Federal Natural Resource Trustees Propose Construction of Riverside Park in East Newark
Department of Justice Seeks Public Comment to Approve Agreement
(STL.News) Plans to turn a former industrial site into a public riverfront park may soon become reality for area residents. The Department of Justice today announced the opening of a 30-day public comment period on an agreement that would credit BASF Corporation (BASF) for its contributions toward the design, construction, and 30-year stewardship of a five-acre park at the intersection of Clay Street and Passaic Avenue.
The credit would be applied to BASF’s liability as one of more than 100 parties whose past activities potentially contributed to contamination and natural resource injuries related to the Diamond Alkali Superfund site and Berry’s Creek Study Area. BASF is the first of these potentially responsible parties at the sites to propose early, proactive restoration to address a portion of these alleged natural resource damage liabilities.
The Department of Justice, on behalf of the Trustees, is now seeking public comment to determine community support for the implementation of the crediting agreement with BASF.
“This innovative agreement will address injuries to natural resources from decades of industrial contamination and it will bring to life a healthy public space for generations to enjoy,” said Assistant Attorney General Todd Kim of the Justice Department’s Environment and Natural Resources Division. “The Justice Department is committed to seeking justice for communities who have borne an unjust share of pollution in America. This agreement brings lasting benefits to communities in the near term that might have taken many years of litigation to achieve.”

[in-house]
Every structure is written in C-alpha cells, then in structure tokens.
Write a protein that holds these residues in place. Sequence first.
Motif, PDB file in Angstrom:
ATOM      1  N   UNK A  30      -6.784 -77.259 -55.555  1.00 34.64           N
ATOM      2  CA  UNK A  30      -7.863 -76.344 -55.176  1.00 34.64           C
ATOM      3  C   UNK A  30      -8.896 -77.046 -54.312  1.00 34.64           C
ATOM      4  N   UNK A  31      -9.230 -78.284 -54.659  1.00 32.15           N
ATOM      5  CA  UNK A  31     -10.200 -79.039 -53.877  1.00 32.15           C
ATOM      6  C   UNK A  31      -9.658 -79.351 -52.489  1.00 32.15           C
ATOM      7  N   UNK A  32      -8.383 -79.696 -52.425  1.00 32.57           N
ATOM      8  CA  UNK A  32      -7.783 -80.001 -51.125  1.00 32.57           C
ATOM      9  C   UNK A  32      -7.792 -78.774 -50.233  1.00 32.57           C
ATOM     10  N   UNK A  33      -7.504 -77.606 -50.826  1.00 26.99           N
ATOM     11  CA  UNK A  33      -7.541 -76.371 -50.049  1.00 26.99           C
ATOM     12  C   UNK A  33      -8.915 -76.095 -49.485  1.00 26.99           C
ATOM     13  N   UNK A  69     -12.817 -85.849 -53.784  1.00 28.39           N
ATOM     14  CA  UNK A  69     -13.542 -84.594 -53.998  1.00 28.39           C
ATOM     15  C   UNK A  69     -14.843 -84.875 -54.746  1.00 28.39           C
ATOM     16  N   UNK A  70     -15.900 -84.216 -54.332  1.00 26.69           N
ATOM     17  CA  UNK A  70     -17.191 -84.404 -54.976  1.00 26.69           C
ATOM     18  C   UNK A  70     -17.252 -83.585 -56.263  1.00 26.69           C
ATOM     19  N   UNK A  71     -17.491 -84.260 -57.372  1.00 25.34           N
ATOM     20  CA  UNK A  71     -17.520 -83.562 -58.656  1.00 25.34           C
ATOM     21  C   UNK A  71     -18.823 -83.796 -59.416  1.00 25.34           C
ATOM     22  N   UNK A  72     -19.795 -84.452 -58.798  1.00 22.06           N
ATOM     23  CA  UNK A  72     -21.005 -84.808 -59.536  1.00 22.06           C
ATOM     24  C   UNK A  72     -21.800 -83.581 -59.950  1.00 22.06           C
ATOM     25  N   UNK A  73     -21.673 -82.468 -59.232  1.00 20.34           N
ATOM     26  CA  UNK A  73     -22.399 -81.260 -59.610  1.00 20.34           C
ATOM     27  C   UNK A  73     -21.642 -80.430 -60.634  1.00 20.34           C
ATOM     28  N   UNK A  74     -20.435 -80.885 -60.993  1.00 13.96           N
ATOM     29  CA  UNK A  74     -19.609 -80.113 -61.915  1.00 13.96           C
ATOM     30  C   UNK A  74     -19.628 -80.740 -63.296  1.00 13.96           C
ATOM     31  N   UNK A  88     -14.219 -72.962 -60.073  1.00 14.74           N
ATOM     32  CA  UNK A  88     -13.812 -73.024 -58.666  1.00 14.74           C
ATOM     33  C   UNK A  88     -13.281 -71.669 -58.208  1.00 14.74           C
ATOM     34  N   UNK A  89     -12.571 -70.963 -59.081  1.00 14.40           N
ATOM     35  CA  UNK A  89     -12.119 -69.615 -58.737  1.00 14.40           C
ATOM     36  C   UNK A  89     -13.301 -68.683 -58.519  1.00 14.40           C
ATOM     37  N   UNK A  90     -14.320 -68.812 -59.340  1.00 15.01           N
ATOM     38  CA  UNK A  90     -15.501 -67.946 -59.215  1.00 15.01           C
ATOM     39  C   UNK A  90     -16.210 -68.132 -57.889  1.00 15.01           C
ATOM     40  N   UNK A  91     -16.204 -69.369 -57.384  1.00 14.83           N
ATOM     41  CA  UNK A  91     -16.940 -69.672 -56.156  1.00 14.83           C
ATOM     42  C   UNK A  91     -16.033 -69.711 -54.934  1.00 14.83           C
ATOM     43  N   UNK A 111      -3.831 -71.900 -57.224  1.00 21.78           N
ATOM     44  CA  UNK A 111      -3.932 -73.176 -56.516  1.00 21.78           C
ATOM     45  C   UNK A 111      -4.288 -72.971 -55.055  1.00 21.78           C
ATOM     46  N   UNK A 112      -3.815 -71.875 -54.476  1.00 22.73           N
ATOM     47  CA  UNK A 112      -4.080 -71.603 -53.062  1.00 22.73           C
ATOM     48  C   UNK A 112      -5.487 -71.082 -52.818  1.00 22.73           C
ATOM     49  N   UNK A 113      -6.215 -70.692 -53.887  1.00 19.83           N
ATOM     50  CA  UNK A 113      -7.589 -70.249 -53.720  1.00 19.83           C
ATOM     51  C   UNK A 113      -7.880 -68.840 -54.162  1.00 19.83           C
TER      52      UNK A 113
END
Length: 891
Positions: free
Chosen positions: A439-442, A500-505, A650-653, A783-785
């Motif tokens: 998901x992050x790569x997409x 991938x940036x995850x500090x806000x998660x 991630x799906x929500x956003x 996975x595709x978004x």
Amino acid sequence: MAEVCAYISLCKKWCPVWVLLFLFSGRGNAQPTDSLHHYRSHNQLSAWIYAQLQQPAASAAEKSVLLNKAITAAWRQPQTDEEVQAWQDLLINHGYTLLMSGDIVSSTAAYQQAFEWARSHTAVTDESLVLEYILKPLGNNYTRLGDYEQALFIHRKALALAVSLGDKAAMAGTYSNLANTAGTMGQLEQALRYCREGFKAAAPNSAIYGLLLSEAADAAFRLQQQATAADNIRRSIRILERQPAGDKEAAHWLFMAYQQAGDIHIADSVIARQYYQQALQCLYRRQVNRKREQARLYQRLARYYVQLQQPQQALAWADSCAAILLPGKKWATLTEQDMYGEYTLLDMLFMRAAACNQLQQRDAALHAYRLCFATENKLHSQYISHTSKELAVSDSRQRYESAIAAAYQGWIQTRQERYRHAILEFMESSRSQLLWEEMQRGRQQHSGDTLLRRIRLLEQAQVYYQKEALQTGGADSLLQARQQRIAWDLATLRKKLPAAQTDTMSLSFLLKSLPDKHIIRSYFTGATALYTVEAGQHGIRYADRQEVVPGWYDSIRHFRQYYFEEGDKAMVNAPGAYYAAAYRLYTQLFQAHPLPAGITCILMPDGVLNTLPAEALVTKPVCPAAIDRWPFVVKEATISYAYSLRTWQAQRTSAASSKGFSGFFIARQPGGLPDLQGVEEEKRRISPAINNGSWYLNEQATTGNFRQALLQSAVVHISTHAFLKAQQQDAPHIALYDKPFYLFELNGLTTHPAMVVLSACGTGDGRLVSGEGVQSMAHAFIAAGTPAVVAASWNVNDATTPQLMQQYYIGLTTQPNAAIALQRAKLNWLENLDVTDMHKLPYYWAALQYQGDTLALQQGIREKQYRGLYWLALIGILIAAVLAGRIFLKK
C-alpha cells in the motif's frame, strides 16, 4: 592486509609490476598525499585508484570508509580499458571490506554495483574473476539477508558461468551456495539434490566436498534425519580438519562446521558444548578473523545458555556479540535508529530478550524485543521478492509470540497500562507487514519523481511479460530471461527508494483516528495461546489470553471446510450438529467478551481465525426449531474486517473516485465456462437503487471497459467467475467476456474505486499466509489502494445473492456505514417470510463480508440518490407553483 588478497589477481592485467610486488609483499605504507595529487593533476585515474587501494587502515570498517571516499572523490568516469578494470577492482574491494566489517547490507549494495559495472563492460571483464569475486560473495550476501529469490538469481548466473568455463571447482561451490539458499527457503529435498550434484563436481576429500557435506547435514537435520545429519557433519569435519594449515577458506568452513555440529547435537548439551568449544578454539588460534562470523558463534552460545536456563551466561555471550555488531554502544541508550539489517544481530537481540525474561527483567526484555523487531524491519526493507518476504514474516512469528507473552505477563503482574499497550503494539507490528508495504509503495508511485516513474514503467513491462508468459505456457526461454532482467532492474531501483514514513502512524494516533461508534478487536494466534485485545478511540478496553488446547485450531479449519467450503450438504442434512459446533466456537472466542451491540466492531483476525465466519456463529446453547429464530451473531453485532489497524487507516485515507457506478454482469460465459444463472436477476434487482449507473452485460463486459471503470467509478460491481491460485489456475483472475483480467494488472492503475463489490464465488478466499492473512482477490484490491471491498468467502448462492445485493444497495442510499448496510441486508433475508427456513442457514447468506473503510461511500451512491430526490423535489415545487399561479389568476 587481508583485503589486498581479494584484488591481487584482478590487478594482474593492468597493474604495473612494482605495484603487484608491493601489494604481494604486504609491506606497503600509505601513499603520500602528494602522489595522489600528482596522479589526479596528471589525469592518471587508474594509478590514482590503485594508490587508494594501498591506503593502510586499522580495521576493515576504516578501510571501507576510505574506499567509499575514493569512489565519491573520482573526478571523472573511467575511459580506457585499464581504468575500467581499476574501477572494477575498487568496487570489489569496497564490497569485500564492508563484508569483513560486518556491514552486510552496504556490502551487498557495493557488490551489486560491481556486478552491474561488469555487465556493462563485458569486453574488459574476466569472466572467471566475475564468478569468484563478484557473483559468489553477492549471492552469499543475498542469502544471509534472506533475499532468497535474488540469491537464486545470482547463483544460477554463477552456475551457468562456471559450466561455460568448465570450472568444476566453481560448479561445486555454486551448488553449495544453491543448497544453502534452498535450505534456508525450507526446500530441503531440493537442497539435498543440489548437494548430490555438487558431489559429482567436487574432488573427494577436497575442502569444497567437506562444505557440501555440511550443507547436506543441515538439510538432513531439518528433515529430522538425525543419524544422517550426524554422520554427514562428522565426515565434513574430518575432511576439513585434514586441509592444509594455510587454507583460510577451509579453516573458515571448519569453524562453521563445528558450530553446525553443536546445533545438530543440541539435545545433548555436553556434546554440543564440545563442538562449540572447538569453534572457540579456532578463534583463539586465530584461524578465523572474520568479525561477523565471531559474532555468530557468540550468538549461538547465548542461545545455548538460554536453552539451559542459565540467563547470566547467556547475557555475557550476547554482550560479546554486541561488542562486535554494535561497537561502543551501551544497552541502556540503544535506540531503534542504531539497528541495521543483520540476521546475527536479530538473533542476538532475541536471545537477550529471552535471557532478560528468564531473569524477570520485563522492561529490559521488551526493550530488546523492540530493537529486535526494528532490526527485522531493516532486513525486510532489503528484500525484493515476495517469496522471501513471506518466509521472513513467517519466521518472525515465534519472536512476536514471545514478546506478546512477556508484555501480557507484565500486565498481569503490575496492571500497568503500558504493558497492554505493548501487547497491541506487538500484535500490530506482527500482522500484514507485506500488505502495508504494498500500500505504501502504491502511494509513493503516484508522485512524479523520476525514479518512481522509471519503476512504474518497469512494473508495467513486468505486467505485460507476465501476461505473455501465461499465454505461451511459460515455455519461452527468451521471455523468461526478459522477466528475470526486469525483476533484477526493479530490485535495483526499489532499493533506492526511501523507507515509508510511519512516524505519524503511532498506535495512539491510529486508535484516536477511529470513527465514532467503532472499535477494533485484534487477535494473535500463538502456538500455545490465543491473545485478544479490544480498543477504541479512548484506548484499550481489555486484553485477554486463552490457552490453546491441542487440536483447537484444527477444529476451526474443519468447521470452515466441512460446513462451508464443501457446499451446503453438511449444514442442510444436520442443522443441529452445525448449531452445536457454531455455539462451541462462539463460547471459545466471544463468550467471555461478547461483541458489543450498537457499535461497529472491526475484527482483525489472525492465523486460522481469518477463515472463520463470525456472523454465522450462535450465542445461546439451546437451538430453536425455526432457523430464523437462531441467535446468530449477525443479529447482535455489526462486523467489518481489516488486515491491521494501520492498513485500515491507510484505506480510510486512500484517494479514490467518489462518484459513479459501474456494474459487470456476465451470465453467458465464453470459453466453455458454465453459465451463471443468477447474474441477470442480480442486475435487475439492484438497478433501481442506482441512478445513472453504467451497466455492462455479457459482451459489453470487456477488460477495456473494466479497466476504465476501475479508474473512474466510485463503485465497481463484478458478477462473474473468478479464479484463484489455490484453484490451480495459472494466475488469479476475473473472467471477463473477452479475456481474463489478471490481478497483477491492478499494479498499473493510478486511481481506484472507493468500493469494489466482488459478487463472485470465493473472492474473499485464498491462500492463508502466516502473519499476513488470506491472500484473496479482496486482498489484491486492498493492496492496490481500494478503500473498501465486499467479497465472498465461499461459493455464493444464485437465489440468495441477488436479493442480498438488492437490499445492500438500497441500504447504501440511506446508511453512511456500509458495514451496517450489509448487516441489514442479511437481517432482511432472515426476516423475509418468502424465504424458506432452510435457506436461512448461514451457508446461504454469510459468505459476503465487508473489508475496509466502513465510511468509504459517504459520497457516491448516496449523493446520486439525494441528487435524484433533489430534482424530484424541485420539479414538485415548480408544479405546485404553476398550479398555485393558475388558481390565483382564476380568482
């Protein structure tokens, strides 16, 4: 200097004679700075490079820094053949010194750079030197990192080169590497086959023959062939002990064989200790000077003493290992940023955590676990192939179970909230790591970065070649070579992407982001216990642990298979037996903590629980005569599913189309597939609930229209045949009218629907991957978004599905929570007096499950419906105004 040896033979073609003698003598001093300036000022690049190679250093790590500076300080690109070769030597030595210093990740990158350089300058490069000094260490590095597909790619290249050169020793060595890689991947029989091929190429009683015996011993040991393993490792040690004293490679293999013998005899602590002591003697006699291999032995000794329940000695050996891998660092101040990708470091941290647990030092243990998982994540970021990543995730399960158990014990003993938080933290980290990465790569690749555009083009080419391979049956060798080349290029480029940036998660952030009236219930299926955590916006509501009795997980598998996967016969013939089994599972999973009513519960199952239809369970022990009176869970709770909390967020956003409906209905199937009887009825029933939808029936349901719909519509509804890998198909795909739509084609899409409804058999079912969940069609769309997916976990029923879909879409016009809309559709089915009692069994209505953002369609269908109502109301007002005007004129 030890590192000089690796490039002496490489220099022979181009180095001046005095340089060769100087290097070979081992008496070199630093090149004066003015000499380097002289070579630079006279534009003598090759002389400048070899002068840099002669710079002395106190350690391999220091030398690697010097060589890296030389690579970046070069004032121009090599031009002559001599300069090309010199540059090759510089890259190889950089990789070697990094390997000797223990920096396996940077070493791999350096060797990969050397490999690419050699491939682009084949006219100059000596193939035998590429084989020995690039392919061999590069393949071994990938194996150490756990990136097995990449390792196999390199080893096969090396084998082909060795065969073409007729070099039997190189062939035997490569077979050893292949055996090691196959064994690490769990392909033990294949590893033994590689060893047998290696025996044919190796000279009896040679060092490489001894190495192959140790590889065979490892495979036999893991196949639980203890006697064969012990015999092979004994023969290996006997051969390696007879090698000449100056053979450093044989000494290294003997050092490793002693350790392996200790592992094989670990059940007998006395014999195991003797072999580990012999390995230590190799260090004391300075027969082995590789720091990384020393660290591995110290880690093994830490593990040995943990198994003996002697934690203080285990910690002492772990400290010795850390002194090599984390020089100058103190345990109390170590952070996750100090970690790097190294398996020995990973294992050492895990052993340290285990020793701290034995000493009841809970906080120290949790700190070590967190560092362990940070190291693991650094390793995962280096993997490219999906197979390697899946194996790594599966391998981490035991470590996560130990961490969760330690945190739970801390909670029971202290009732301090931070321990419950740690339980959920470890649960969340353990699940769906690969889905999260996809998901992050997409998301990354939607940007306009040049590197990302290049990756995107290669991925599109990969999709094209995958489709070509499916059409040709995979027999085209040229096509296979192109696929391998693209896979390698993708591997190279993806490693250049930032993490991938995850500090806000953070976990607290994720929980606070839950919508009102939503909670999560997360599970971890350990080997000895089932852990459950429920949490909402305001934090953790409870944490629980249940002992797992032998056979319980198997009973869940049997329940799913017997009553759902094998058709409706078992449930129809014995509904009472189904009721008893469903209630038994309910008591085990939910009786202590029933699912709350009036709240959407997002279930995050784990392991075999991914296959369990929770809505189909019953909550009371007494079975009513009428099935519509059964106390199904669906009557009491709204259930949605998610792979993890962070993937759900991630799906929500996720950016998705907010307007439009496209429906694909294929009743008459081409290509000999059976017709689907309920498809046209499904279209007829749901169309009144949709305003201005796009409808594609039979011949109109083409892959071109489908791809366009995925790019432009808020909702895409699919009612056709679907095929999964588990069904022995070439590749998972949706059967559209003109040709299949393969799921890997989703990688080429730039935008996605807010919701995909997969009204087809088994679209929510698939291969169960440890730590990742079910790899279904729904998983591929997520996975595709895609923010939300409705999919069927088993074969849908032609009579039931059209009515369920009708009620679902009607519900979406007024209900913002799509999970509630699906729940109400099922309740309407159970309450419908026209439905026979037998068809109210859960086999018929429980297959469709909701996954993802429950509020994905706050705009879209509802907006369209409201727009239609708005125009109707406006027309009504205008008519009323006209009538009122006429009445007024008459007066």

The park project would improve quality of life for communities and benefit wildlife by converting hardened industrial land into forest, grasslands, wetlands, and pollinator gardens connected by pathways and an elevated walkway along the Passaic River. If the agreement is approved, it is anticipated that project construction will proceed and the park would open to the public in late 2023 or spring 2024.
“This park will provide needed green space to urban communities currently facing a shortage of such spaces, and enhance recreational opportunities and access to the river, helping to connect people to nature in their neighborhoods,” said Wendi Weber, Northeast Regional Director for the U.S. Fish and Wildlife Service. “It will also create and conserve natural areas along the Passaic River that provide foraging, nesting and resting habitat for a variety of migratory birds and wildlife.”
While the crediting agreement does not address all the injuries incurred as a result of pollution, this early restoration provides significant benefits in advance of negotiated settlements or litigation that often take years to complete. The riverfront park restoration project and the natural resource damage assessment crediting is occurring separately from, but in coordination with site cleanup activities, which are overseen by the U.S. Environmental Protection Agency (EPA).